Trends: Down With Chicken Nuggets!

The most sophisticated generation of Philly kids ever is renouncing its gordita-eating ways to embrace the joys of ponzu and organic duck eggs. But can you really be a foodie when you’re only four feet tall?

At the start of summer, a part-time chef at Lacroix named Nick Normile posted the following entry on his blog, underneath a gorgeous picture of a dish he’d put together for dinner: “This right here is the food that I really like to eat. It’s healthy, it’s local, it’s fresh. Eating like this gives me a lot of personal satisfaction, and I feel great afterwards. It’s grilled asparagus from a nearby farm, incredible, extra-sharp chèvre from another nearby farm specializing in goat’s-milk products, basil and chives from my backyard, walnuts, and a few squeezes of lemon juice. And it really needs nothing else.”

Normile has also recently blogged about his concept for a sustainable, better-tasting business model for fast food (“Chicken Confit. Chicken Breast. Pulled Pork. Pork Belly. Brisket. Burgers. All the meats would be sous-vide before being seared to order, or in the case of brisket or pulled pork, held warm”); enjoying duck eggs from a friend’s farm; his love for the grain quinoa; his experiments with baking bread using Michael Ruhlman’s book Ratio; and his grief over the addition of an à la carte menu at the formerly prix-fixe restaurant Per Se in New York City.

Also in May, Normile blogged, “Posting has been slacking lately. I’m having trouble balancing homework, studying for the chemistry SAT 2’s, preparing for finals, going to Lacroix each week, working at Rita’s water ice a few days a week, and writing on my blog.”

Perhaps Normile was being a bit hard on himself, given that he just finished his sophomore year at Lower Merion High. At 16, he has held jobs at Osteria and Amada, just passed his driver’s-license exam, runs track, and even found time to prepare chicken confit for his mom on Mother’s Day. His stint at Lacroix is a slogging eight-hour apprenticeship every weekend, and he spends hours cooking at home and working on, his well-written and delightfully unjaded blog.

“None of my friends like to cook so much,” he told me one day in May after school, “but they like to eat what I make.” Normile, who has dark hair, hazel eyes and a slim runner’s build, recently created Butterscotch Krimpet ice cream for his buddies, in a rare foray into junk food.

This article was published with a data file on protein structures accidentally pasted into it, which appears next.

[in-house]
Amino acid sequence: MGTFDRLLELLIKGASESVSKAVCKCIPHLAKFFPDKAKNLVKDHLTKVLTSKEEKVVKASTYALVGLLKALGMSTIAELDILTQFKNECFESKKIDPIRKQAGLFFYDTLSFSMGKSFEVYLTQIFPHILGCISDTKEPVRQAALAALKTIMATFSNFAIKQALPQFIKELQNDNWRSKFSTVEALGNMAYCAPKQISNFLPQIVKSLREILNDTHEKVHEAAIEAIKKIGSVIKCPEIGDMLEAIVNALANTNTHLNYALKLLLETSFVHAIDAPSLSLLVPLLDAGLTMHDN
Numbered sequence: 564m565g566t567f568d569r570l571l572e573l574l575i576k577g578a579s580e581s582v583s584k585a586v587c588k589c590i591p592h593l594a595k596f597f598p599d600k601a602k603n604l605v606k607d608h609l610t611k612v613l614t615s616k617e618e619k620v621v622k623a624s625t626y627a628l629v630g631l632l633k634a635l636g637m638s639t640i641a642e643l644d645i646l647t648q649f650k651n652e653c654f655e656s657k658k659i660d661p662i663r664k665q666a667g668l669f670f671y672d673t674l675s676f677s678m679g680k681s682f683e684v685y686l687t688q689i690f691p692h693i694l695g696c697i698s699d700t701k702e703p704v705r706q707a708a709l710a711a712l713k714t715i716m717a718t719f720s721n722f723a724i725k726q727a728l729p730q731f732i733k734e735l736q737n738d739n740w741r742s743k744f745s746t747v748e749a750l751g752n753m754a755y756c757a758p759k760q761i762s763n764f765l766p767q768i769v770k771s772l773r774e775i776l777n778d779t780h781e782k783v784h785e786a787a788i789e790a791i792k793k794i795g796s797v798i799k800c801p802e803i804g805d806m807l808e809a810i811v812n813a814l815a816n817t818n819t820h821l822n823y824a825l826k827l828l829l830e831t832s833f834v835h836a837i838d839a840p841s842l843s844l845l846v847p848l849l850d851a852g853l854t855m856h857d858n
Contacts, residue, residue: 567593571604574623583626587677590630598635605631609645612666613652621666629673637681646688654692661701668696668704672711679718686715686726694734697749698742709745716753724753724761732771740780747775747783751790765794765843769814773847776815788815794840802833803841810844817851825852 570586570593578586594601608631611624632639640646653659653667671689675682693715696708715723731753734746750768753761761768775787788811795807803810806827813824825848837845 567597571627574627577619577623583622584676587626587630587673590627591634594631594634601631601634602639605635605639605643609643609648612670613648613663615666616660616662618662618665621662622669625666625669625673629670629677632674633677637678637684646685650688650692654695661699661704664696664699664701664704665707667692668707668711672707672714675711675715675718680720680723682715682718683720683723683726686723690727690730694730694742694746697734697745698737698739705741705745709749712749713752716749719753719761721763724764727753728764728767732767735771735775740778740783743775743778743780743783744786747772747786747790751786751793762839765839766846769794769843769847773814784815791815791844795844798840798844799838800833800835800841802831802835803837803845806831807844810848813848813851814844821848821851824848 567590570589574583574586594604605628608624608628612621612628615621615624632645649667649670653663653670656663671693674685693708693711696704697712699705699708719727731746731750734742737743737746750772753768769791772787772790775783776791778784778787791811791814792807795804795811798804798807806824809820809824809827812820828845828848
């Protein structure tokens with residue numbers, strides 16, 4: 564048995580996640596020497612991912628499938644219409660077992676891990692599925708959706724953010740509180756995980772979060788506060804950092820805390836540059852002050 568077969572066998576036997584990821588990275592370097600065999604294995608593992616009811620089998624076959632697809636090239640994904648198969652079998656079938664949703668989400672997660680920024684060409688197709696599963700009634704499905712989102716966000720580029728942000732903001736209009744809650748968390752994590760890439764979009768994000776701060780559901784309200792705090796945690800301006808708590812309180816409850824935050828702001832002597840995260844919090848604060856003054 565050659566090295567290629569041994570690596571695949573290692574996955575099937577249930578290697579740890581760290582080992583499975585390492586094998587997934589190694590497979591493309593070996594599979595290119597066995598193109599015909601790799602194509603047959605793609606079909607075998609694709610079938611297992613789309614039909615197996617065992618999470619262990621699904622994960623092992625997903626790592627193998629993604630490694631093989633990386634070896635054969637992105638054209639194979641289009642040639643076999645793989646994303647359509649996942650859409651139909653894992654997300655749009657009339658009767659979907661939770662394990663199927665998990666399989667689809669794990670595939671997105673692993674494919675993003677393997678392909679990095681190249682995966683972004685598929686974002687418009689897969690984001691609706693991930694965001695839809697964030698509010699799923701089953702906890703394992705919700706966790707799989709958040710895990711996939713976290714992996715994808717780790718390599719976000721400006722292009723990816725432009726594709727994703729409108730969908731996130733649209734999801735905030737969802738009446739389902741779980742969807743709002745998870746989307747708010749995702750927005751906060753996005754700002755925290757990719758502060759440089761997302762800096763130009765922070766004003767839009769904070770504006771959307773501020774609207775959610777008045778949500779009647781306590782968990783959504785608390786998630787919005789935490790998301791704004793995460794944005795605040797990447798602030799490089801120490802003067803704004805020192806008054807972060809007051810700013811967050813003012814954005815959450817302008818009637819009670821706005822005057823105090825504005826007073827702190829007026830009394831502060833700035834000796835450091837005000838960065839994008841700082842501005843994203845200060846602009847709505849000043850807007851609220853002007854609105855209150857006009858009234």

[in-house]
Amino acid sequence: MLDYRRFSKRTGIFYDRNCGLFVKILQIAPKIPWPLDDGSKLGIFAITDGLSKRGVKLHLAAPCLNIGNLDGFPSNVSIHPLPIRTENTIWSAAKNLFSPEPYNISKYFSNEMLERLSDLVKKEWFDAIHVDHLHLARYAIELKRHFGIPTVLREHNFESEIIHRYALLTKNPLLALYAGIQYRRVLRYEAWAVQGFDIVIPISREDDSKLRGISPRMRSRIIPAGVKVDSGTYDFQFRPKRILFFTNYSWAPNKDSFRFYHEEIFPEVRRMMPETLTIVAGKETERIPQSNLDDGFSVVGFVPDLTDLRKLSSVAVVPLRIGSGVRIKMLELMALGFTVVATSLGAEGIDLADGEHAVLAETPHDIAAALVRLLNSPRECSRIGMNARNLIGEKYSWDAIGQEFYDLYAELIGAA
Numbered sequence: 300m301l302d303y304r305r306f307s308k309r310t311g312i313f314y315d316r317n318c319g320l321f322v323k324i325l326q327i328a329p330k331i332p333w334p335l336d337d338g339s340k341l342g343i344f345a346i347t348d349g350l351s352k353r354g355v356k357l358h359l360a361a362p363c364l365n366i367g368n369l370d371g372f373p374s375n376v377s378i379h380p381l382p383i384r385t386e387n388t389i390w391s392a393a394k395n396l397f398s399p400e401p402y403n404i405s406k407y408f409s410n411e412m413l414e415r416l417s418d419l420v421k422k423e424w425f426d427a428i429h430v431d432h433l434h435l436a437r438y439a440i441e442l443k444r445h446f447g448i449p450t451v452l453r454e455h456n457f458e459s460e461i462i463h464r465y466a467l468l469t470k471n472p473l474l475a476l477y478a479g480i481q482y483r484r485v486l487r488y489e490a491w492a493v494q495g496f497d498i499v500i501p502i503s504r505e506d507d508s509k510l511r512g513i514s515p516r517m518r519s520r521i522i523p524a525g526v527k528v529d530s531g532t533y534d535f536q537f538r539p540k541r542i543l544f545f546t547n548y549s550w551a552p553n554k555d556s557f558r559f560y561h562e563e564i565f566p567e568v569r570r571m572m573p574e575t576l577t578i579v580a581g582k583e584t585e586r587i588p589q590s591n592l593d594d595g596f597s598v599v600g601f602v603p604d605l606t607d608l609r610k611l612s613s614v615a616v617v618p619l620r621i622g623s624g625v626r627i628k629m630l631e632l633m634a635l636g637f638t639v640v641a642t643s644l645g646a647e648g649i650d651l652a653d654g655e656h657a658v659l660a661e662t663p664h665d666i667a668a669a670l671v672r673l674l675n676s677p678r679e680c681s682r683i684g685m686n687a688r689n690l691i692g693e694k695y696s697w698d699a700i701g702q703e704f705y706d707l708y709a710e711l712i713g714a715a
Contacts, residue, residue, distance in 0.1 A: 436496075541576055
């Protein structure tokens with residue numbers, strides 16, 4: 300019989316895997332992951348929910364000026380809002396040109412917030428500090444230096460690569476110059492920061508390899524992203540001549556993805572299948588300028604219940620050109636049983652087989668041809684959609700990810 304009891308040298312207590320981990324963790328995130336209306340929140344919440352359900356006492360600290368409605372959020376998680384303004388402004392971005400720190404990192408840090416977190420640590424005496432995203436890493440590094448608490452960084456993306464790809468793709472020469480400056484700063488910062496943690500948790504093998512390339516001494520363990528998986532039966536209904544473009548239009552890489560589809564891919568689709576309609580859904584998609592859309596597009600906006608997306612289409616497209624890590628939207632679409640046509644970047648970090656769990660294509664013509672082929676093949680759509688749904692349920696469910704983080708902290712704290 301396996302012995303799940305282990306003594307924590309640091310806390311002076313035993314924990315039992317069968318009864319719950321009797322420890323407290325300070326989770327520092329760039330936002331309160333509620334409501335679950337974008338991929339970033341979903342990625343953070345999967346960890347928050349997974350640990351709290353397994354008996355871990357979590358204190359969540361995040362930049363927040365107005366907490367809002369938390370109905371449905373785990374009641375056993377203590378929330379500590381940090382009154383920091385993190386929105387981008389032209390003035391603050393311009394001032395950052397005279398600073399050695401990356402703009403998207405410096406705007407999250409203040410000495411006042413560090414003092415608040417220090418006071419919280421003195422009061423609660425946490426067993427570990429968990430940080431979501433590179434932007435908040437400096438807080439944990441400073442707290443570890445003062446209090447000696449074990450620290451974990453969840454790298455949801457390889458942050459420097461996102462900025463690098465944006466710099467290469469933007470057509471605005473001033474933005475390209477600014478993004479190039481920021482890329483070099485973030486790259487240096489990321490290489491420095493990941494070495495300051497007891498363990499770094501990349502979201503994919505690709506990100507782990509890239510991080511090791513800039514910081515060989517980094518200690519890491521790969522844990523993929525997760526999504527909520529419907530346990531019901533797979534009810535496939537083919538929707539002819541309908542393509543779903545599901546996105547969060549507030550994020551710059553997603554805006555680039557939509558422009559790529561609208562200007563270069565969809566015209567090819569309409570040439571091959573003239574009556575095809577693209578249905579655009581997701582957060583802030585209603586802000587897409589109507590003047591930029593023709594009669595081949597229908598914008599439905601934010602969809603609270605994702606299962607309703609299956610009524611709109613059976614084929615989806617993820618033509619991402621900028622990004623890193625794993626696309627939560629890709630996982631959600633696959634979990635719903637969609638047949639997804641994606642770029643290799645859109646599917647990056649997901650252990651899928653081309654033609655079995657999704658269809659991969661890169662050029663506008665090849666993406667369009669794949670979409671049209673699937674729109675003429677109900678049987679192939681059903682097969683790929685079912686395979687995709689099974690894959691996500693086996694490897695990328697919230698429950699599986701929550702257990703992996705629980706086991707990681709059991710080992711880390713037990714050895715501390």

Normile is perhaps the most extreme and frankly awesome example of a bona fide ’tween-and-teen trend sweeping the Philly area: the kid foodie. For those of us who spent our pubescent years guzzling Tang and pop-top cans of Tab, who couldn’t wait for our parents to head out on Friday nights so we could fire up some frozen Ellio’s or quick-fry a Steak-umm, these are perplexing times. Sure, Philadelphia is now officially a food town, and we are smug in the knowledge that our current Whole Foods-centric existence is much healthier than our Stouffer’s-filled childhoods. But how did our kids come to be enjoying maitake mushrooms, lamb saddle and ponzu?

“I don’t cook at all,” says Normile’s mom, Rosemarie Fabien, a PR consultant to architectural firms, sounding a bit baffled, albeit proud. “I make pasta, and macaroni and cheese. I never made a cake that wasn’t from a mix.” That, said she, supports her son fully. In early June, at her son’s request, she picked up 23 pounds of strawberries from Linvilla Orchards while Nick toiled at Lacroix.

“He’s made strawberry tarts, strawberry ice cream, and he had us get dry ice so he could replicate a recipe of Alton Brown’s, plus he made six jars of strawberry-rhubarb jam,” she says. “I just wish exams weren’t in his way. Strawberry season is only two weeks long.”

IT’S TRUE THAT very few kids are saving their after-school $7-an-hour paychecks so they can visit Per Se, famed French Laundry chef Thomas Keller’s Manhattan mecca of precious food, as Nick did on his 16th birthday. But it seems 11-year-olds from Exton to Moorestown are tossing around terms like “mizuna,” “beet essence” and “clothbound cheddar” as easily as they rattle off Pokémon characters and rate their favorite Green Day songs. And while the sushi-in-the-lunchbox teen prototype appeared decades ago in ’80s-fest The Breakfast Club, among today’s kids, foodiness is rampant.

“I’ve watched kids grow up this way over the past 15 years,” says Audrey Taichman, who owns the Center City restaurants Twenty Manning and Audrey Claire. “There were kids who were six, and I couldn’t believe what they were ordering. I didn’t grow up going out for dinner. I didn’t grow up ordering lamb medium-rare.” These days, though, Taichman is stunned by the sophisticated tastes of her small customers, as well as of her own niece and nephew, who live on the Main Line. She and her boyfriend Jonathan Makar, owner of Snackbar, have taken Eli, her 16-year-old nephew, to Di Bruno’s for cheese tastings, and Taichman sometimes hosts him in her restaurants’ kitchens. Of Ariel, her sixth-grader niece in Bala Cynwyd, Taichman sighs, “She took me out for sushi last Saturday. She did all the ordering! How does an 11-year-old know toro and spicy tuna hand-rolls?” It could be because Taichman owns restaurants, she concedes, but adds, “There are other kids in the family who come in and order noodles with butter.”